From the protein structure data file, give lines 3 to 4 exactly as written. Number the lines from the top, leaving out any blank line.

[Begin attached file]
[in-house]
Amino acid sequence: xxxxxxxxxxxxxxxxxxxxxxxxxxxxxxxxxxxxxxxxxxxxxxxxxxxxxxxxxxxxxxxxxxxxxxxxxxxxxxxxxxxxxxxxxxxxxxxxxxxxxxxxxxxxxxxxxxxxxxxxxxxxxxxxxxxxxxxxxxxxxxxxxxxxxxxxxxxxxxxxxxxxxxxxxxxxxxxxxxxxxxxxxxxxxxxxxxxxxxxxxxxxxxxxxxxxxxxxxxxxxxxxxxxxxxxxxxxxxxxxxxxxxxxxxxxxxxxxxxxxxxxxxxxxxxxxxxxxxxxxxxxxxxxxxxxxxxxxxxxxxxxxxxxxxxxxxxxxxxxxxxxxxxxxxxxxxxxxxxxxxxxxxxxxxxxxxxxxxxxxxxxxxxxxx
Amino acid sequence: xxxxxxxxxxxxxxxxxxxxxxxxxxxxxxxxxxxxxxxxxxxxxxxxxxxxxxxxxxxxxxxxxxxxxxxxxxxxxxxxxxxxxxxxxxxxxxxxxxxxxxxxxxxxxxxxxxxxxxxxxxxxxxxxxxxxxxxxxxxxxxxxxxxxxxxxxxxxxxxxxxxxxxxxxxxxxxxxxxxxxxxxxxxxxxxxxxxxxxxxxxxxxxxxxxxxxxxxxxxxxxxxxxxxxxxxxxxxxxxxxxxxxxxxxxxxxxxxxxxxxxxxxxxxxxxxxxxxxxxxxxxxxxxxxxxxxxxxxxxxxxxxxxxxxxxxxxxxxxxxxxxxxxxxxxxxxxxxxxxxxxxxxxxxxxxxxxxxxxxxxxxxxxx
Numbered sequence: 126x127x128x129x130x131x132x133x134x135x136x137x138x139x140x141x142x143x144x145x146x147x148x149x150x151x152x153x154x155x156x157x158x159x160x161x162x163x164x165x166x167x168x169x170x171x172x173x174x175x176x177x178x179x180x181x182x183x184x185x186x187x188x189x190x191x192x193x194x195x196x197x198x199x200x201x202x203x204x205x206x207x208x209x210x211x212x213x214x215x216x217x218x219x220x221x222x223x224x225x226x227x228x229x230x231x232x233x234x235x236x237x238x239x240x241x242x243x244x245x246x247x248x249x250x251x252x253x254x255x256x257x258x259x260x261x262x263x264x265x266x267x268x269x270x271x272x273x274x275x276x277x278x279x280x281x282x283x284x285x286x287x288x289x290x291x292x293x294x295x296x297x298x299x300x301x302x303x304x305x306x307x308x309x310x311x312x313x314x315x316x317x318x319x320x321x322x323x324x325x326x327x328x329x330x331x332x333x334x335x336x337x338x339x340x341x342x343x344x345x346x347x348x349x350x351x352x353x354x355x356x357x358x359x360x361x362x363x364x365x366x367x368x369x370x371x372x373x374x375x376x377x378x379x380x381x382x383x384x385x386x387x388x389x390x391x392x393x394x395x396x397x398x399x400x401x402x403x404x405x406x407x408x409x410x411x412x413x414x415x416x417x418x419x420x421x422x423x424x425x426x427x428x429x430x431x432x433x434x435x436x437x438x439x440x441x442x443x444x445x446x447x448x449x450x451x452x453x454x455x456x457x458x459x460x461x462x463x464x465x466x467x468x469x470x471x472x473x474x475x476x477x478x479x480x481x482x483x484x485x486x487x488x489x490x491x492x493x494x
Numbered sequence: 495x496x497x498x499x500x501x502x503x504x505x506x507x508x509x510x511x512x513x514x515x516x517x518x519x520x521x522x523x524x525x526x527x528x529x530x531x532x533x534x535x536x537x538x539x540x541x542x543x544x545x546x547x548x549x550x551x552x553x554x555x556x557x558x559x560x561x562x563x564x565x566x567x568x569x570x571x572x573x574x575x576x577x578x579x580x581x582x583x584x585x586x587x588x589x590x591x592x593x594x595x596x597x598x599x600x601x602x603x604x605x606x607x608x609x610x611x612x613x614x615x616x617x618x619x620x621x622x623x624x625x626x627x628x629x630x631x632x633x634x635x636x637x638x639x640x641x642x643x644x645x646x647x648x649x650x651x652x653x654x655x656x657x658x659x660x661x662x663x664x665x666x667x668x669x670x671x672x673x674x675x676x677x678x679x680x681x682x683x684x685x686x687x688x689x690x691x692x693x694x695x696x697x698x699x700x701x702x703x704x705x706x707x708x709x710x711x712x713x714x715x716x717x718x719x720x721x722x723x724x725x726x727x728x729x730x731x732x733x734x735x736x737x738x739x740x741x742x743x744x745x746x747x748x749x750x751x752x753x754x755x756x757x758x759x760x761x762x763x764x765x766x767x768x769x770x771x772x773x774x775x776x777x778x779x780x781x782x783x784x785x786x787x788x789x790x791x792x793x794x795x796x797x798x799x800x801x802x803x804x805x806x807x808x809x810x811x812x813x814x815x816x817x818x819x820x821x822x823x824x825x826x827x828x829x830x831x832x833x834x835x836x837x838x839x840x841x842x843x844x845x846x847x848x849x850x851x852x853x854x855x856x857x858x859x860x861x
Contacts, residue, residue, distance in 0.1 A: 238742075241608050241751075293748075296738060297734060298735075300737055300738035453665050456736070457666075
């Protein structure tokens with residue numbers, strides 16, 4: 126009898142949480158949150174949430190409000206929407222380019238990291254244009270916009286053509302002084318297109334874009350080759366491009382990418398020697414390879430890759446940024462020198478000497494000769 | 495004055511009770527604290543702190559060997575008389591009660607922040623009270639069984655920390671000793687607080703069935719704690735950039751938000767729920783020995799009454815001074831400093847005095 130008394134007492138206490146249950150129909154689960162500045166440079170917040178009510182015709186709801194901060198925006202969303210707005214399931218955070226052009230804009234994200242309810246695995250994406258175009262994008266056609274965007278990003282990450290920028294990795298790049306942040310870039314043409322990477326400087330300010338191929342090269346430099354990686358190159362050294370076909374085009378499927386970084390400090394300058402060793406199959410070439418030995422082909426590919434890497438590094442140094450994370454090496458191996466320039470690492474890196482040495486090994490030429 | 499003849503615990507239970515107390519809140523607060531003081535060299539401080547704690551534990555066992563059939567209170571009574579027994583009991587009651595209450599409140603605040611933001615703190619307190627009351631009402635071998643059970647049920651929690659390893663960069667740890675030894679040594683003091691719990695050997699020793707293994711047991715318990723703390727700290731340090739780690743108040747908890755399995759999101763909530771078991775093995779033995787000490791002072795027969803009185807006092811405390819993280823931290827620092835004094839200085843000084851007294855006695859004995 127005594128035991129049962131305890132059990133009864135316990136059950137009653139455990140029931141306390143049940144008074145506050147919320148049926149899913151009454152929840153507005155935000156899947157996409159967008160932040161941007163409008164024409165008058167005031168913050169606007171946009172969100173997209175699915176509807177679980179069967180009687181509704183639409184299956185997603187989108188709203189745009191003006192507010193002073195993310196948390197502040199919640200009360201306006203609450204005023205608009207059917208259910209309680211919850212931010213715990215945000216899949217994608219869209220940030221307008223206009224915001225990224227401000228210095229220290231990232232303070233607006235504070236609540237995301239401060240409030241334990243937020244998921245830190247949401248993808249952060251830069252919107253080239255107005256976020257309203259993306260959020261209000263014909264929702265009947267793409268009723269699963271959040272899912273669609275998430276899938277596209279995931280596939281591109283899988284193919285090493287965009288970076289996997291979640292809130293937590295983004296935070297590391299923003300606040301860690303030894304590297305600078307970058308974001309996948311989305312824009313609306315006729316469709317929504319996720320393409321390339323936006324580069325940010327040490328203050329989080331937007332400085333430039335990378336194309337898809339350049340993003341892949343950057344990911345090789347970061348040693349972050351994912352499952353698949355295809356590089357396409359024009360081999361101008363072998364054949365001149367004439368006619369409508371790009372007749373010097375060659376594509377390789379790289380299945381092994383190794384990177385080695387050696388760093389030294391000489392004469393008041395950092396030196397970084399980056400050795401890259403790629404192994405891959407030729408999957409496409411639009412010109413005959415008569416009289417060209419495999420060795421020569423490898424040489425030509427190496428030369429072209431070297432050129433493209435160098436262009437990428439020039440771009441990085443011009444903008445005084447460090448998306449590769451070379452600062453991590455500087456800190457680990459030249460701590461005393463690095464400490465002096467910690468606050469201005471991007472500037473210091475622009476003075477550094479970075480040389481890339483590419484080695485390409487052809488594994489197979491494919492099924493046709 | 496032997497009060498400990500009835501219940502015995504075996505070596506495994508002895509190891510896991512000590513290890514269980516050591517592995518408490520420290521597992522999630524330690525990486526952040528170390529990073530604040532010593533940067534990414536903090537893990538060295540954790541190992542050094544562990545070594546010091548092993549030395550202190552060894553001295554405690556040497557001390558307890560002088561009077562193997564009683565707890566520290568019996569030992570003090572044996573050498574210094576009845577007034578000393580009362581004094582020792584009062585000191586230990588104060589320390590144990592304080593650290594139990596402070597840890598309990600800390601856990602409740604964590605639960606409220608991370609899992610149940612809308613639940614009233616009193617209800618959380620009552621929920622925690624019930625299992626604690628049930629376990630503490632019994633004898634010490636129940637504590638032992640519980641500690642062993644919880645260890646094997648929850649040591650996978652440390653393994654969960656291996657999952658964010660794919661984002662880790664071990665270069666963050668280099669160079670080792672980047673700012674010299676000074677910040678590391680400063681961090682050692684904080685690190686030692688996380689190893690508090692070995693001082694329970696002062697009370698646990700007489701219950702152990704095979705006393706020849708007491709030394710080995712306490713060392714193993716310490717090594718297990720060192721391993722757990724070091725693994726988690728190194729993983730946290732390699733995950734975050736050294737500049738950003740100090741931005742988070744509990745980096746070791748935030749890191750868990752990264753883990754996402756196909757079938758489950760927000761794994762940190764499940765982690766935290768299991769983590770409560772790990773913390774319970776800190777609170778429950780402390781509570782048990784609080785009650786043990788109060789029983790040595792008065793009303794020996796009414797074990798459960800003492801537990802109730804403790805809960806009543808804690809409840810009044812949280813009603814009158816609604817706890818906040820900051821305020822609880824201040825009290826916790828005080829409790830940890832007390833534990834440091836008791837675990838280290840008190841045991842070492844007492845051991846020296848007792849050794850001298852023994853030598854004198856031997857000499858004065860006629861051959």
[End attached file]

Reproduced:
Amino acid sequence: xxxxxxxxxxxxxxxxxxxxxxxxxxxxxxxxxxxxxxxxxxxxxxxxxxxxxxxxxxxxxxxxxxxxxxxxxxxxxxxxxxxxxxxxxxxxxxxxxxxxxxxxxxxxxxxxxxxxxxxxxxxxxxxxxxxxxxxxxxxxxxxxxxxxxxxxxxxxxxxxxxxxxxxxxxxxxxxxxxxxxxxxxxxxxxxxxxxxxxxxxxxxxxxxxxxxxxxxxxxxxxxxxxxxxxxxxxxxxxxxxxxxxxxxxxxxxxxxxxxxxxxxxxxxxxxxxxxxxxxxxxxxxxxxxxxxxxxxxxxxxxxxxxxxxxxxxxxxxxxxxxxxxxxxxxxxxxxxxxxxxxxxxxxxxxxxxxxxxxxxxxxxxxx
Numbered sequence: 126x127x128x129x130x131x132x133x134x135x136x137x138x139x140x141x142x143x144x145x146x147x148x149x150x151x152x153x154x155x156x157x158x159x160x161x162x163x164x165x166x167x168x169x170x171x172x173x174x175x176x177x178x179x180x181x182x183x184x185x186x187x188x189x190x191x192x193x194x195x196x197x198x199x200x201x202x203x204x205x206x207x208x209x210x211x212x213x214x215x216x217x218x219x220x221x222x223x224x225x226x227x228x229x230x231x232x233x234x235x236x237x238x239x240x241x242x243x244x245x246x247x248x249x250x251x252x253x254x255x256x257x258x259x260x261x262x263x264x265x266x267x268x269x270x271x272x273x274x275x276x277x278x279x280x281x282x283x284x285x286x287x288x289x290x291x292x293x294x295x296x297x298x299x300x301x302x303x304x305x306x307x308x309x310x311x312x313x314x315x316x317x318x319x320x321x322x323x324x325x326x327x328x329x330x331x332x333x334x335x336x337x338x339x340x341x342x343x344x345x346x347x348x349x350x351x352x353x354x355x356x357x358x359x360x361x362x363x364x365x366x367x368x369x370x371x372x373x374x375x376x377x378x379x380x381x382x383x384x385x386x387x388x389x390x391x392x393x394x395x396x397x398x399x400x401x402x403x404x405x406x407x408x409x410x411x412x413x414x415x416x417x418x419x420x421x422x423x424x425x426x427x428x429x430x431x432x433x434x435x436x437x438x439x440x441x442x443x444x445x446x447x448x449x450x451x452x453x454x455x456x457x458x459x460x461x462x463x464x465x466x467x468x469x470x471x472x473x474x475x476x477x478x479x480x481x482x483x484x485x486x487x488x489x490x491x492x493x494x